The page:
With regard to giving and taking of money the mean is liberality, the excess and the defect prodigality and meanness. In these actions people exceed and fall short in contrary ways; the prodigal exceeds in spending and falls short in taking, while the mean man exceeds in taking and falls short in spending. (At present we are giving a mere outline or summary, and are satisfied with this; later these states will be more exactly determined.) With regard to money there are also other dispositions- a mean, magnificence (for the magnificent man differs from the liberal man; the former deals with large sums, the latter with small ones), an excess, tastelessness and vulgarity, and a deficiency, niggardliness; these differ from the states opposed to liberality, and the mode of their difference will be stated later. With regard to honour and dishonour the mean is proper pride, the excess is known as a sort of 'empty vanity', and the deficiency is undue humility; and as we said liberality was related to magnificence, differing from it by dealing with small sums, so there is a state similarly related to proper pride, being concerned with small honours while that is concerned with great. For it is possible to desire honour as one ought, and more than one ought, and less, and the man who exceeds in his desires is called ambitious, the man who falls short unambitious, while the intermediate person has no name. The dispositions also are nameless, except that that of the ambitious man is called ambition. Hence the people who are at the extremes lay claim to the middle place; and we ourselves sometimes call the intermediate person ambitious and sometimes unambitious, and sometimes praise the ambitious man and sometimes the unambitious. The reason of our doing this will be stated in what follows; but now let us speak of the remaining states according to the method which has been indicated.

With regard to anger also there is an excess, a deficiency, and a mean. Although they can scarcely be said to have names, yet since we call the intermediate person good-tempered let us call the mean good temper; of the persons at the extremes let the one who exceeds be called irascible, and his vice irascibility, and the man who falls short an inirascible sort of person, and the deficiency inirascibility.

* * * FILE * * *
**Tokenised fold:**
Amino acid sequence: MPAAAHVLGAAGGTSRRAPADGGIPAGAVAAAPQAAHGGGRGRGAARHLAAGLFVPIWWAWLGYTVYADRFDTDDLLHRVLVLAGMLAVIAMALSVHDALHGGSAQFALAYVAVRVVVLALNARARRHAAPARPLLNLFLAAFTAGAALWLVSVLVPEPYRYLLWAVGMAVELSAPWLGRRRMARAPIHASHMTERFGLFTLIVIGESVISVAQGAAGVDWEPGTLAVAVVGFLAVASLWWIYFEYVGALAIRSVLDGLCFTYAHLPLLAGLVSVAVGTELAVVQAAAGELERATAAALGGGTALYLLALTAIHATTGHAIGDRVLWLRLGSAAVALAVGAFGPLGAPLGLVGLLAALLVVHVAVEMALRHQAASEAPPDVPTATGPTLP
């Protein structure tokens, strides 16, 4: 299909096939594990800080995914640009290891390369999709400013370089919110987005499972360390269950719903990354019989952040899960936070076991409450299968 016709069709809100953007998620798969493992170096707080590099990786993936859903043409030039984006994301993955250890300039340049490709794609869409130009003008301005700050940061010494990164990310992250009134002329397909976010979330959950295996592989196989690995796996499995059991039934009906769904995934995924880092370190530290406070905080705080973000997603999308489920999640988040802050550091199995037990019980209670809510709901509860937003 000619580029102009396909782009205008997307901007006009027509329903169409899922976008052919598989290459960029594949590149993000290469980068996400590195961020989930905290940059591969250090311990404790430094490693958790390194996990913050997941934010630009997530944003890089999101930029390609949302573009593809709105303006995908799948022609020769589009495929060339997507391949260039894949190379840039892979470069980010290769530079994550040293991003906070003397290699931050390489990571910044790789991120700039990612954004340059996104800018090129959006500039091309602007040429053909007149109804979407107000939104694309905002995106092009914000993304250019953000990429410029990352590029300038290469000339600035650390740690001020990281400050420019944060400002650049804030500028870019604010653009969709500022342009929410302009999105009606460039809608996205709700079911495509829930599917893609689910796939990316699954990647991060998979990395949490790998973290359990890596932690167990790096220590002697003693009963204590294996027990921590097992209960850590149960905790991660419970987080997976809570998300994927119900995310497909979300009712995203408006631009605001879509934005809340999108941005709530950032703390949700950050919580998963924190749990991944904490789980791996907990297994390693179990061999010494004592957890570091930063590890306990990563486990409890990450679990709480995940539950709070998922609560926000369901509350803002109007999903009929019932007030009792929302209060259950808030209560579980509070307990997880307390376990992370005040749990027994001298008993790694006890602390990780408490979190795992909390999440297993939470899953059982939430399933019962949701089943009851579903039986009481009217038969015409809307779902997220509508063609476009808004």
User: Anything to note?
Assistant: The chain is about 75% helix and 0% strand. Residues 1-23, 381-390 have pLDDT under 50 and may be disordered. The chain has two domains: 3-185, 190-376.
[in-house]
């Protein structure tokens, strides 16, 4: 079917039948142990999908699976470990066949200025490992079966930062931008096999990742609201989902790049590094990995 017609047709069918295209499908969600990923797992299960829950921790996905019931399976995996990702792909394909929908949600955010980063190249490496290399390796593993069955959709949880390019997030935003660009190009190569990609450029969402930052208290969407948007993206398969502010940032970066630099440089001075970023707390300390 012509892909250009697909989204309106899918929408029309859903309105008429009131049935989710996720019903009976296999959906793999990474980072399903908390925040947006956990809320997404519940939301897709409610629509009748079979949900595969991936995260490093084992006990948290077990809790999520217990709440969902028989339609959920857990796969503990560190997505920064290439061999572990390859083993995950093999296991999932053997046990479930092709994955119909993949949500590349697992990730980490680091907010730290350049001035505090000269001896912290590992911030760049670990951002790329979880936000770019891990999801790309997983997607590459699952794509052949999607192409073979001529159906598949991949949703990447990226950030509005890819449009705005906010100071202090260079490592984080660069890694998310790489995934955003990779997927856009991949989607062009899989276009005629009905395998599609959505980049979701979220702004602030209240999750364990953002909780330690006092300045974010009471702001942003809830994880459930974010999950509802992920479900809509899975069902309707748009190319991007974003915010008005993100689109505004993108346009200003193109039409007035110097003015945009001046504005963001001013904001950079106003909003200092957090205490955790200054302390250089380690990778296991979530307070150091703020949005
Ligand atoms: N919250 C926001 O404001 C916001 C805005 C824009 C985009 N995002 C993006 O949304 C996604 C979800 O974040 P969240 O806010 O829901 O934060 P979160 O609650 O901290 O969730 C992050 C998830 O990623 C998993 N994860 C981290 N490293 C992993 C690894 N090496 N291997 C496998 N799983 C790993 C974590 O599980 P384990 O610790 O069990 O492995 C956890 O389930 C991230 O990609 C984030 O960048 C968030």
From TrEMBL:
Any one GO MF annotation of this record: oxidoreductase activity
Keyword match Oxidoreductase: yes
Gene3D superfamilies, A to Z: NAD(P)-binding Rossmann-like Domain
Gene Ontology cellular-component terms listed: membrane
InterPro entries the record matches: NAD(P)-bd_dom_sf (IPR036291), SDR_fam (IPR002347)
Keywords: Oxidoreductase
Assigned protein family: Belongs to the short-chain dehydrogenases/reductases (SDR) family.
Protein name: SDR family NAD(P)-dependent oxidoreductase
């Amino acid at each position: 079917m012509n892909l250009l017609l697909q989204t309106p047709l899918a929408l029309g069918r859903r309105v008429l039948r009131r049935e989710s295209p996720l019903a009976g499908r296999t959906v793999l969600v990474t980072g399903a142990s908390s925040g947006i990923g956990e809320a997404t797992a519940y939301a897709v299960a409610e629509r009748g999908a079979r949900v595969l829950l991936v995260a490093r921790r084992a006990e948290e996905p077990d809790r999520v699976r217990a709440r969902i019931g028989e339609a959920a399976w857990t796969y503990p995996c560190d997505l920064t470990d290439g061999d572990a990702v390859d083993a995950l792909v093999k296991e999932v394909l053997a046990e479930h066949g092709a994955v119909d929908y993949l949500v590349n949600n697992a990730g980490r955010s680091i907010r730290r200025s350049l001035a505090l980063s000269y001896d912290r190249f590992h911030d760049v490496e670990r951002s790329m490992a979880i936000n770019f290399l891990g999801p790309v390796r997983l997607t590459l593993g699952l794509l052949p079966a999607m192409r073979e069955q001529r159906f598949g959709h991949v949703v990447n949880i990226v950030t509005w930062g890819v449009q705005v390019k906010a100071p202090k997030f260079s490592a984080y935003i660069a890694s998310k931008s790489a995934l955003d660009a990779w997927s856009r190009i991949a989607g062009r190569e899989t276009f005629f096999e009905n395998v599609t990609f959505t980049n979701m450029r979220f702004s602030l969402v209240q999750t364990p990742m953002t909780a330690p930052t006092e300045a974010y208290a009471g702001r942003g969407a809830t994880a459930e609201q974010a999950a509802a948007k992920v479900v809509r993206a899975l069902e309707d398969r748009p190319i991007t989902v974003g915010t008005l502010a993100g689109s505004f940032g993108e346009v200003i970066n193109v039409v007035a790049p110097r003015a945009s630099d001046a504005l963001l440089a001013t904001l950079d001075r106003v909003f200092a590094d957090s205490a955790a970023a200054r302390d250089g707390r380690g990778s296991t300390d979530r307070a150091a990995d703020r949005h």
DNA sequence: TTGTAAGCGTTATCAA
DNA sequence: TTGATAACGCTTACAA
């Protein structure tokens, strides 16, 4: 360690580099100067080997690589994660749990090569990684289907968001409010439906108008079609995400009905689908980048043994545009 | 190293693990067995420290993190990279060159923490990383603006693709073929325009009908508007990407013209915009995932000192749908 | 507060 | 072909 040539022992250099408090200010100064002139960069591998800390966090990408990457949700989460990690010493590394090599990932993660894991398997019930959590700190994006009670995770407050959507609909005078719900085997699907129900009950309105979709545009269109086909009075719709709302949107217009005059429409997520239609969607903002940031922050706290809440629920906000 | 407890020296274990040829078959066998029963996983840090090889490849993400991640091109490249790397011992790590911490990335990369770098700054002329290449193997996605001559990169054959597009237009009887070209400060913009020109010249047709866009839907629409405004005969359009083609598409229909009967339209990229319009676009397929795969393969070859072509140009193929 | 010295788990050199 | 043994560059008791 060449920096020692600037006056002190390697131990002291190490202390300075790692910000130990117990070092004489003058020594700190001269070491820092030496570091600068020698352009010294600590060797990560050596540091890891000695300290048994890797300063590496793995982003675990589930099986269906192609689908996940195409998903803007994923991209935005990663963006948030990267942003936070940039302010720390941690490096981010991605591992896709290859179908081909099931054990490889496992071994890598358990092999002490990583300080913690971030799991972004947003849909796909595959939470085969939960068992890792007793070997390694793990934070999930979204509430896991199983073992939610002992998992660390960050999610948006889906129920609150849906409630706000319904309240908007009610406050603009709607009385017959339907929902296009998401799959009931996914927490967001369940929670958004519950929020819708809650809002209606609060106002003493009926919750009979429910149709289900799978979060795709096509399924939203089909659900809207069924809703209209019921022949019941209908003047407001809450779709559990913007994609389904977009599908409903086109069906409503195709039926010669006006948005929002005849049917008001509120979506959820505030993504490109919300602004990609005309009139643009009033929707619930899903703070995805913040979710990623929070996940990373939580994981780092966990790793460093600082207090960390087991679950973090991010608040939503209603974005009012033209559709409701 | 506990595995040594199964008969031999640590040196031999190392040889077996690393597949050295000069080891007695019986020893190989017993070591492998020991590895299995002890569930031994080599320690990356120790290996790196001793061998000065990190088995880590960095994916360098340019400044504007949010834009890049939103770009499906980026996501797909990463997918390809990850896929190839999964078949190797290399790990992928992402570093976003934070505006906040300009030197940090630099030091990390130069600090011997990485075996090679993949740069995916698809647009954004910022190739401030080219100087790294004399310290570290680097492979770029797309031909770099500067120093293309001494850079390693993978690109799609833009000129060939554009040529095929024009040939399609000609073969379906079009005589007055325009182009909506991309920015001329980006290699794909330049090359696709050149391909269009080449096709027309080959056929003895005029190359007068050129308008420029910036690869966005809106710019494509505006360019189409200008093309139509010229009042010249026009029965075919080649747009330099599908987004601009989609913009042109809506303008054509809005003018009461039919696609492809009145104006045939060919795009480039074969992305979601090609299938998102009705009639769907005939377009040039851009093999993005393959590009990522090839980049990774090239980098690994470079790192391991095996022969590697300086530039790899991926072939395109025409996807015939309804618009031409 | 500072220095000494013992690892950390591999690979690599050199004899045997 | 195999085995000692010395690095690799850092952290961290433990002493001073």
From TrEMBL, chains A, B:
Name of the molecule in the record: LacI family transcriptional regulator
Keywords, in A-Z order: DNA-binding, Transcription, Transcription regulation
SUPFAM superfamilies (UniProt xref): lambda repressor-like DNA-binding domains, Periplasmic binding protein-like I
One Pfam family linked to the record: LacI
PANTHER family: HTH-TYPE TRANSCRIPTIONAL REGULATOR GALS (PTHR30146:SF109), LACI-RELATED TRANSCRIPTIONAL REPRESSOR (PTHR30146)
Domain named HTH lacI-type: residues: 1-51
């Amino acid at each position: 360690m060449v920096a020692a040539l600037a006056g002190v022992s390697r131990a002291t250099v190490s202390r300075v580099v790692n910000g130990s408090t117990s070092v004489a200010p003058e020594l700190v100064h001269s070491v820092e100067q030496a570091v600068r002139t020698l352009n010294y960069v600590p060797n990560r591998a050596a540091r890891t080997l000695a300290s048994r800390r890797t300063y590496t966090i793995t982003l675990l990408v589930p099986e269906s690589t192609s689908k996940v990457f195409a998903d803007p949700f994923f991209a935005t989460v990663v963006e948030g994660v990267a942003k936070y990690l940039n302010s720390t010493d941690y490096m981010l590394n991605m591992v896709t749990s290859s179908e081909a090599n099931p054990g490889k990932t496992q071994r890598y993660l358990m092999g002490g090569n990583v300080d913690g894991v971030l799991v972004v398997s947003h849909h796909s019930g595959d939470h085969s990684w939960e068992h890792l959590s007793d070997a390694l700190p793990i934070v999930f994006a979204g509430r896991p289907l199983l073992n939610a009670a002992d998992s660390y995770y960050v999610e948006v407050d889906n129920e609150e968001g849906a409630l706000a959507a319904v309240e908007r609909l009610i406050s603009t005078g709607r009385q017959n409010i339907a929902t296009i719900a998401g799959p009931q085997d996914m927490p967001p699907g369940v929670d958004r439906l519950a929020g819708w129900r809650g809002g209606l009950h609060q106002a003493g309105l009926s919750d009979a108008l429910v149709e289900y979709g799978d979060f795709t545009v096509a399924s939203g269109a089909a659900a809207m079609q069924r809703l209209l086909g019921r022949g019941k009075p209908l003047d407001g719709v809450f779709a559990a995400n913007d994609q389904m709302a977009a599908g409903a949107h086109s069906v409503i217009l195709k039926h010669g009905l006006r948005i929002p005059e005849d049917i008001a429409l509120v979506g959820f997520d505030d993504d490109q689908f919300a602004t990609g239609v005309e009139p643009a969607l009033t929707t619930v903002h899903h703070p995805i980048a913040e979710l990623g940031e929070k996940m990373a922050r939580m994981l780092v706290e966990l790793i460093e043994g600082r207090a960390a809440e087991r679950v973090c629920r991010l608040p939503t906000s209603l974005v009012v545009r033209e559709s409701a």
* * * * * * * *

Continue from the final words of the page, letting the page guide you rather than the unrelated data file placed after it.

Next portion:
There are also three other means, which have a certain likeness to one another, but differ from one another: for they are all concerned with intercourse in words and actions, but differ in that one is concerned with truth in this sphere, the other two with pleasantness; and of this one kind is exhibited in giving amusement, the other in all the circumstances of life. We must therefore speak of these too, that we may the better see that in all things the mean is praise-worthy, and the extremes neither praiseworthy nor right, but worthy of blame. Now most of these states also have no names, but we must try, as in the other cases, to invent names ourselves so that we may be clear and easy to follow. With regard to truth, then, the intermediate is a truthful sort of person and the mean may be called truthfulness, while the pretence which exaggerates is boastfulness and the person characterized by it a boaster, and that which understates is mock modesty and the person characterized by it mock-modest. With regard to pleasantness in the giving of amusement the intermediate person is ready-witted and the disposition ready wit, the excess is buffoonery and the person characterized by it a buffoon, while the man who falls short is a sort of boor and his state is boorishness. With regard to the remaining kind of pleasantness, that which is exhibited in life in general, the man who is pleasant in the right way is friendly and the mean is friendliness, while the man who exceeds is an obsequious person if he has no end in view, a flatterer if he is aiming at his own advantage, and the man who falls short and is unpleasant in all circumstances is a quarrelsome and surly sort of person.